Emergency authorization sought for COVID pill
Published 6:00 am Wednesday, October 13, 2021
The health district and local hospitals are seeing some very encouraging numbers surrounding COVID-19 cases just as the news comes that an antiviral pill for the treatment of COVID could be nearing emergency use authorization.
Coronavirus data trends were looking up this week in the Piedmont Health District.
According to the Virginia Department of Health (VDH), from Sunday, Oct. 3, to Saturday, Oct. 9, Prince Edward County saw 66 new cases of the virus. Buckingham was up 47 cases, and Cumberland County saw eight new COVID-19 cases. Across the seven-day period, 30 new cases of the virus were reported out of Charlotte County, and Lunenburg saw 29 new cases.
According to VDH, Buckingham County is currently the only county in the health district considered to be trending upward in COVID-19 cases. While all other counties have been trending downward for 14 days or more, Buckingham County has been trending upward for 16 days.
No local counties saw increases in COVID-related deaths over the last week.
Great news also came this week from Centra Health. The health care provider has seen a considerable reduction in COVID-19 patients at its area hospitals.
On Monday, Oct. 11, Centra was reporting 60 total COVID patients across its system — 52 at Lynchburg General and eight at Centra Southside Community Hospital in Farmville — compared to 85 patients the week prior.
Of the 60 patients seen across both hospitals, 14 were in the ICU, nine of which were ventilated. Twelve of Centra’s 60 patients, including two patients in the ICU, were vaccinated. The remaining 48 patients, including 12 in the ICU, were unvaccinated.
Longwood University in Farmville was reporting six active COVID-19 cases among the campus community Sunday, Oct. 10. The university has seen a cumulative number of 84 confirmed cases among students and staff since Aug. 15.
Hampden-Sydney College was reporting three active COVID-19 cases and three individuals quarantining as of its last COVID dashboard update Friday, Oct. 8. The college has experienced seven total student cases and three total staff cases this semester.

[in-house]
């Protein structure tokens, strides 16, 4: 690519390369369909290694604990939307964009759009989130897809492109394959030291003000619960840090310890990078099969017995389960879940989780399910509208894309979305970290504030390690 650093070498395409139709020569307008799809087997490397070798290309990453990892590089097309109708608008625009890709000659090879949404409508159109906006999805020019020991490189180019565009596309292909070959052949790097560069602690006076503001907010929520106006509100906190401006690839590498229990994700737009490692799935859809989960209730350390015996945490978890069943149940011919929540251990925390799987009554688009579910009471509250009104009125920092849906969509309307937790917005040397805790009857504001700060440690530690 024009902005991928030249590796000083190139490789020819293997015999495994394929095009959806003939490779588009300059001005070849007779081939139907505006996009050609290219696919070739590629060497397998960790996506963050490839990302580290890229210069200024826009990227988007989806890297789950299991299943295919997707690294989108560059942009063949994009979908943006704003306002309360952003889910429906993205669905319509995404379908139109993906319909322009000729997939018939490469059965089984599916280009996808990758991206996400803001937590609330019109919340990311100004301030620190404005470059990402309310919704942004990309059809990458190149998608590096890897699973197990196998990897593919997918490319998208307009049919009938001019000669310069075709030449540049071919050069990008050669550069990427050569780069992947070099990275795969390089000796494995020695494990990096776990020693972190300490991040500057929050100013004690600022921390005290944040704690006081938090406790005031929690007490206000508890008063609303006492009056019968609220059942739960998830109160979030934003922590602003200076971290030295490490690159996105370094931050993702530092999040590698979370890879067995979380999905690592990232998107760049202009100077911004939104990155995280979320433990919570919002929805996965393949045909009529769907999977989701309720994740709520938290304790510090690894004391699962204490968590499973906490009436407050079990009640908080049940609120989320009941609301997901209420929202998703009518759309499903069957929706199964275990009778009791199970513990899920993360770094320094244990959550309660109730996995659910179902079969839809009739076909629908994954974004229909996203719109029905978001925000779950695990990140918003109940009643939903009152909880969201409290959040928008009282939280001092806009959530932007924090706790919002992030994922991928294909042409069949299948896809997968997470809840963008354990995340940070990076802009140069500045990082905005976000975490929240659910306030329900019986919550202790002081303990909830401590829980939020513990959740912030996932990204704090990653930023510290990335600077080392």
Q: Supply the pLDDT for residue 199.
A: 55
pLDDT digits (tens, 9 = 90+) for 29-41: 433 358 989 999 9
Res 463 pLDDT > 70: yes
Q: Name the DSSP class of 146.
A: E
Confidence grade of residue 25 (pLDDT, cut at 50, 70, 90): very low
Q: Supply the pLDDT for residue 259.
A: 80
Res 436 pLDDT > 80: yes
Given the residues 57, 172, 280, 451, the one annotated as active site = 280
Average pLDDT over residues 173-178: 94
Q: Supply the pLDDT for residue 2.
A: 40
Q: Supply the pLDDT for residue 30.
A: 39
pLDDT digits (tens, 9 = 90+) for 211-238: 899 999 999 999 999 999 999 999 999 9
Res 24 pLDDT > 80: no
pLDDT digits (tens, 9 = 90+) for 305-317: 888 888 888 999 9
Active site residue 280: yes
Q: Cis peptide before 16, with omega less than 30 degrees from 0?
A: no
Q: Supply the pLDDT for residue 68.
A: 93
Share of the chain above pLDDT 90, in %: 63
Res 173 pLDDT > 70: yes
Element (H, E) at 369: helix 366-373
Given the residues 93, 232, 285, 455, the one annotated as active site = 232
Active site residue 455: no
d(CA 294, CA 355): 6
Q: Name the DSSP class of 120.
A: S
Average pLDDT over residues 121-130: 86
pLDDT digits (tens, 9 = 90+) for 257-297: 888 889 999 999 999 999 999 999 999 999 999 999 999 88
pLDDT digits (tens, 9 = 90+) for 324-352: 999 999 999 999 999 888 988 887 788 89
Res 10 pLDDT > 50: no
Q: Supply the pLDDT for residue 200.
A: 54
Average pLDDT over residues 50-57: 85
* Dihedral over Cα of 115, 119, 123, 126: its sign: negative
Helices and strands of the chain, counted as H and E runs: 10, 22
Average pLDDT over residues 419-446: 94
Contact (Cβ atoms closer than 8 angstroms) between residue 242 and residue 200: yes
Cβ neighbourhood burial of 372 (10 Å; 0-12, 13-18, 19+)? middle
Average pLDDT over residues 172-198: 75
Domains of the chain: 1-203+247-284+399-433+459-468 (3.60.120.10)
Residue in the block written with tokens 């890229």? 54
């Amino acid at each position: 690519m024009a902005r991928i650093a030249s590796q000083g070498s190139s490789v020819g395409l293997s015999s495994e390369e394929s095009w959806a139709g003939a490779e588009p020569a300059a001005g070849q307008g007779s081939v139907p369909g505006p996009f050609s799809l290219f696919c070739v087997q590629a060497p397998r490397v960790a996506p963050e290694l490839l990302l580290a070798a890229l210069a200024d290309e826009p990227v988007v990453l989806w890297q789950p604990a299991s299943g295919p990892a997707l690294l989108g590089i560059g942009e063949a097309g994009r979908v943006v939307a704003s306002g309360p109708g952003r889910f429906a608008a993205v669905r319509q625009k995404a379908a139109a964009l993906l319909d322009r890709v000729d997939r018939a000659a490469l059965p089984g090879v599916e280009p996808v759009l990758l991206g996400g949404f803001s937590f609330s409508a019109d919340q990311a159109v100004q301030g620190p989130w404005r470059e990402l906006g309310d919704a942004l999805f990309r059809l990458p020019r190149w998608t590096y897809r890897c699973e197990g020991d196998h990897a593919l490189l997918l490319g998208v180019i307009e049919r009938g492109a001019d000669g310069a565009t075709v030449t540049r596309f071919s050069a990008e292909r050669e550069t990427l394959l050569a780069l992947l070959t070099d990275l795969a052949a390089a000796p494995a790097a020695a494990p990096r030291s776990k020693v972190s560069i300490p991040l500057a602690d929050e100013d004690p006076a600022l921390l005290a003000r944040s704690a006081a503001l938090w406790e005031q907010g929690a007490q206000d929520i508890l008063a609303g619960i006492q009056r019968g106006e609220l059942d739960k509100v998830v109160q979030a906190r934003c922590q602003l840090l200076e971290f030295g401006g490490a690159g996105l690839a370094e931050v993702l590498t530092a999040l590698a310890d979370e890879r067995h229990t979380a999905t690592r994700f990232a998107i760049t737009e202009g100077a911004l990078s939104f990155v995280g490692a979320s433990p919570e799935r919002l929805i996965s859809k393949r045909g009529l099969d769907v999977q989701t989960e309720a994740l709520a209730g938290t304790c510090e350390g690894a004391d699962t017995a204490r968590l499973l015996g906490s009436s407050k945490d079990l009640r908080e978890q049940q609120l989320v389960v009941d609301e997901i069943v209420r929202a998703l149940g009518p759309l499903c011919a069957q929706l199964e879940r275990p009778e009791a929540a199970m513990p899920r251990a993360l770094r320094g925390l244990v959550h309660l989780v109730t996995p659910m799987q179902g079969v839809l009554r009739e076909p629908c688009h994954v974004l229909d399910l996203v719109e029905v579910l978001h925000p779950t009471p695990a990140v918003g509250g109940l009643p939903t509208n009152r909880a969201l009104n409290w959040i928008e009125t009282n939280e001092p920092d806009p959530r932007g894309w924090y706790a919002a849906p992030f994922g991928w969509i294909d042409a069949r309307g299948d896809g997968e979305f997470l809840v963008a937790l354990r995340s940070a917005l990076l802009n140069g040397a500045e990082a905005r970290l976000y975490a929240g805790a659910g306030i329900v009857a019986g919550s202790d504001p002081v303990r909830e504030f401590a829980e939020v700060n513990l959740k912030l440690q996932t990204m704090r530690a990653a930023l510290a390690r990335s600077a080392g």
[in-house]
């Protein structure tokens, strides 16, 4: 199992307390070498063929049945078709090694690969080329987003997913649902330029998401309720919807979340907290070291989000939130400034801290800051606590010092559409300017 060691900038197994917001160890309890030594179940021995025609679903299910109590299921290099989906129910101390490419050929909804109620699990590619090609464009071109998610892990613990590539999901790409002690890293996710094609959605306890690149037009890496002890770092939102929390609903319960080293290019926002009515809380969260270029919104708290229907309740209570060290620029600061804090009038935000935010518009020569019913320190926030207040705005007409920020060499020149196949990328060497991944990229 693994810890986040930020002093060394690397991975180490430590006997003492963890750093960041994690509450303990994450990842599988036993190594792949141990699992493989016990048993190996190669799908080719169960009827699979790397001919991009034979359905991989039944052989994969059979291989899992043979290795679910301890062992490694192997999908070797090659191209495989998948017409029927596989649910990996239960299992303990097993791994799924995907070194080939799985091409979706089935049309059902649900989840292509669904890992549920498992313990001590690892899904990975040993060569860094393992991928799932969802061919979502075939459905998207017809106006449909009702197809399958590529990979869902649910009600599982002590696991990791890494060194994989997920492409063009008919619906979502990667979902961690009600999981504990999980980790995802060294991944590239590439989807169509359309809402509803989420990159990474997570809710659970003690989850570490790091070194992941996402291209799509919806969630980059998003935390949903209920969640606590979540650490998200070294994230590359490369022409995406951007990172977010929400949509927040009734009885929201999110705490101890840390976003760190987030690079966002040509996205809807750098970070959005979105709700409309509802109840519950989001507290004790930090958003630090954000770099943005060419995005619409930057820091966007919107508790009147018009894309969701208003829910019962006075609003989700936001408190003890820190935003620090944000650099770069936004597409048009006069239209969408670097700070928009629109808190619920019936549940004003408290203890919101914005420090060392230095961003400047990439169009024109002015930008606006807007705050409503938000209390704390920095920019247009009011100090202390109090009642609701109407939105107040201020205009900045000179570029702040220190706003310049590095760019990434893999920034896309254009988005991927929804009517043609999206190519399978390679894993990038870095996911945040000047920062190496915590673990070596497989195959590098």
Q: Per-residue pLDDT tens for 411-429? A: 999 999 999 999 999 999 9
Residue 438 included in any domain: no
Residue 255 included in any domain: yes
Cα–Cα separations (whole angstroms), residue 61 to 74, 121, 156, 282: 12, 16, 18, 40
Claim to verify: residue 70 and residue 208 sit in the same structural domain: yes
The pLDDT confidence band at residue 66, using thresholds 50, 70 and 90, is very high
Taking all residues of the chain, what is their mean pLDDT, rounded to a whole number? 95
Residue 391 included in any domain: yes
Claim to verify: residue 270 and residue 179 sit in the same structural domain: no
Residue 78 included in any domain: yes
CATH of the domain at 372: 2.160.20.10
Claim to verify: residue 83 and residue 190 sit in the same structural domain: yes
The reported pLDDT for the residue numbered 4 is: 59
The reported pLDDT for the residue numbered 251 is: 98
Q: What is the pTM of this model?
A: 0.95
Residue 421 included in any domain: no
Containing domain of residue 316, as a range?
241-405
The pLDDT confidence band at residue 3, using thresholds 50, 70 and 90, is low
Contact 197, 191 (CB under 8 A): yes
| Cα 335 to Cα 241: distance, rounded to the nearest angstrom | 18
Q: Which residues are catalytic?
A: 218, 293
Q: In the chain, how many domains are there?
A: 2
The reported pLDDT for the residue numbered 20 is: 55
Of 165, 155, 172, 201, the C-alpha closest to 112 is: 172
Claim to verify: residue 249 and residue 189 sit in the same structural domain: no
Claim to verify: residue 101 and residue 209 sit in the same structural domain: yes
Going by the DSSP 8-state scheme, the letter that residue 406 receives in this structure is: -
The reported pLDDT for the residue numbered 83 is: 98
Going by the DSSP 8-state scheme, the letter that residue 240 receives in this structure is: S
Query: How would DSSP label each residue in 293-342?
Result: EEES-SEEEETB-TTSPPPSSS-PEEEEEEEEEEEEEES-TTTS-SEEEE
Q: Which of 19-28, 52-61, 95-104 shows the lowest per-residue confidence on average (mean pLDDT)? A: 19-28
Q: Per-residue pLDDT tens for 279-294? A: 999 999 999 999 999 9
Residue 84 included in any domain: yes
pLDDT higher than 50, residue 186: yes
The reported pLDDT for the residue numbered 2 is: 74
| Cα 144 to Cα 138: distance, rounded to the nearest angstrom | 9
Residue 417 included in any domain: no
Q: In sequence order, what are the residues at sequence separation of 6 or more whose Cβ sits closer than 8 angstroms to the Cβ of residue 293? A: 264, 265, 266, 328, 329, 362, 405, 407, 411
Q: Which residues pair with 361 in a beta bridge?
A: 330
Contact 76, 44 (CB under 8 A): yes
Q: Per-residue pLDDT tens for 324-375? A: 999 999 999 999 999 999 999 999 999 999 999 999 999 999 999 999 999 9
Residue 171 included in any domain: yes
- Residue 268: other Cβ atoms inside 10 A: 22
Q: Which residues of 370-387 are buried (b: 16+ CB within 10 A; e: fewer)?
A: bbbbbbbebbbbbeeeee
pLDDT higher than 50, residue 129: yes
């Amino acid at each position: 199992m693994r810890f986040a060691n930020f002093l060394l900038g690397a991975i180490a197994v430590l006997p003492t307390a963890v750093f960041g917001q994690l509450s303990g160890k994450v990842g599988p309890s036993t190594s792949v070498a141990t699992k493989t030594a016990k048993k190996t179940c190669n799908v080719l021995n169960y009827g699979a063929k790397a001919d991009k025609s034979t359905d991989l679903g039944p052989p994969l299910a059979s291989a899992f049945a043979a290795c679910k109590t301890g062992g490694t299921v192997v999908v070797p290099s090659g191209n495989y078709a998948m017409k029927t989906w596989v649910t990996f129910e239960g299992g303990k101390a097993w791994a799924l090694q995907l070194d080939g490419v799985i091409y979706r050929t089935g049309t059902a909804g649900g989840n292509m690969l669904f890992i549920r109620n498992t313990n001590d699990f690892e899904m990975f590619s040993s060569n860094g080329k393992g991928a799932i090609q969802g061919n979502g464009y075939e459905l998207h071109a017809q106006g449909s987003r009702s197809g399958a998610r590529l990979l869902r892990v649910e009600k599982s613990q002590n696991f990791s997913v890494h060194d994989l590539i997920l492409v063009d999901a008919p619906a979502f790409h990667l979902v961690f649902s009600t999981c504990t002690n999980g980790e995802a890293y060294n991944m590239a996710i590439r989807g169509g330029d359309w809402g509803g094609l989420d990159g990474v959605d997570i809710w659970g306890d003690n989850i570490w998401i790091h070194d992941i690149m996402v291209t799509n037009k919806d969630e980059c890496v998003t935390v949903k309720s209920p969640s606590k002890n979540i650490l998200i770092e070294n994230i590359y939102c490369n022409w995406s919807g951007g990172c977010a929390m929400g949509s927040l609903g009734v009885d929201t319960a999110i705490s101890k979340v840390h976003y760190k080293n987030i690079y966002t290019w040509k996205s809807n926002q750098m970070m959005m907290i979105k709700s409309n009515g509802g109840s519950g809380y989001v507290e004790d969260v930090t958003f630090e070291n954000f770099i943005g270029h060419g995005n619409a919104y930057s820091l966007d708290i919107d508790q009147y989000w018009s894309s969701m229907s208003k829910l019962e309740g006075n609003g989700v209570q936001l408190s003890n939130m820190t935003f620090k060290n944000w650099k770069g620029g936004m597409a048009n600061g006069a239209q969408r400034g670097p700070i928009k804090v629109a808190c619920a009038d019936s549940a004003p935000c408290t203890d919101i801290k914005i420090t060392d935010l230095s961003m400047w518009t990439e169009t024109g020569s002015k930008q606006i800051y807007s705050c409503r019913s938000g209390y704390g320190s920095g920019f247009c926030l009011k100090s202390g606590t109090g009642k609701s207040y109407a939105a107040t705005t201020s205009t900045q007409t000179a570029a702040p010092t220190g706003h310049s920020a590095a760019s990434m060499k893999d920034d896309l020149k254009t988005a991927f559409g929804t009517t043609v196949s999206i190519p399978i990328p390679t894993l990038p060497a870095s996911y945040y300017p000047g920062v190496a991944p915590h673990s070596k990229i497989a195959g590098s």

On Monday, American pharmaceutical company Merck announced it had submitted an emergency use authorization application to the U.S. Food and Drug Administration (FDA) for its oral antiviral medicine molnupiravir. The drug could be used to treat mild-to-moderate COVID-19 in adults at risk of progressing to severe illness or hospitalization.
In clinic trials, molnupiravir was shown to reduce the risk of hospitalization or death in non-hospitalized adult patients with mild-to moderate COVID-19 by approximately 50%.
In June, the Biden Administration announced the U.S. government’s plans to procure approximately 1.7 million courses of the investigational antiviral treatment pending emergency use authorization from the FDA.
On Monday, new Piedmont Health District Director Dr. Maria Almond emphasized that while the area is now seeing the beginnings of a slight decline in cases in most counties, data trends from other states and countries show that the decline from the peak of the delta surge “is often long.”
“To protect each other in our community and particularly the most vulnerable or those unable to get vaccinated like our children, we all need to do our part in continuing behaviors that diminish the spread of COVID, such as wearing masks in public indoor settings, getting tested if you have any symptoms or have a known exposure and staying home if you have been infected,” Almond said. “The most important thing we can do, though, is get vaccinated.”
Friday, Oct. 15, VDH will be hosting a community vaccination clinic at the War Memorial Building in Amelia Courthouse from noon to 4 p.m.
Almond highlighted that each person within the health district has an important role to play in keeping the community healthy, adding the best way to do so is through vaccination.
“As long as there are people to infect who have no immunity, COVID will continue to spread,” she said. “COVID is an unrelenting virus, but we now have tools to stop its worst effects. Please do your part to protect yourself, family and loved ones, and get your COVID vaccine.”
For questions and concerns regarding COVID-19 and vaccination, residents can reach out to a trusted health care provider or the local public health department. If you are having difficulty scheduling a vaccination appointment or don’t know where to go, call 1-877-VAX-IN-VA (1-877-829-4682) or visit vaccinate.virginia.gov.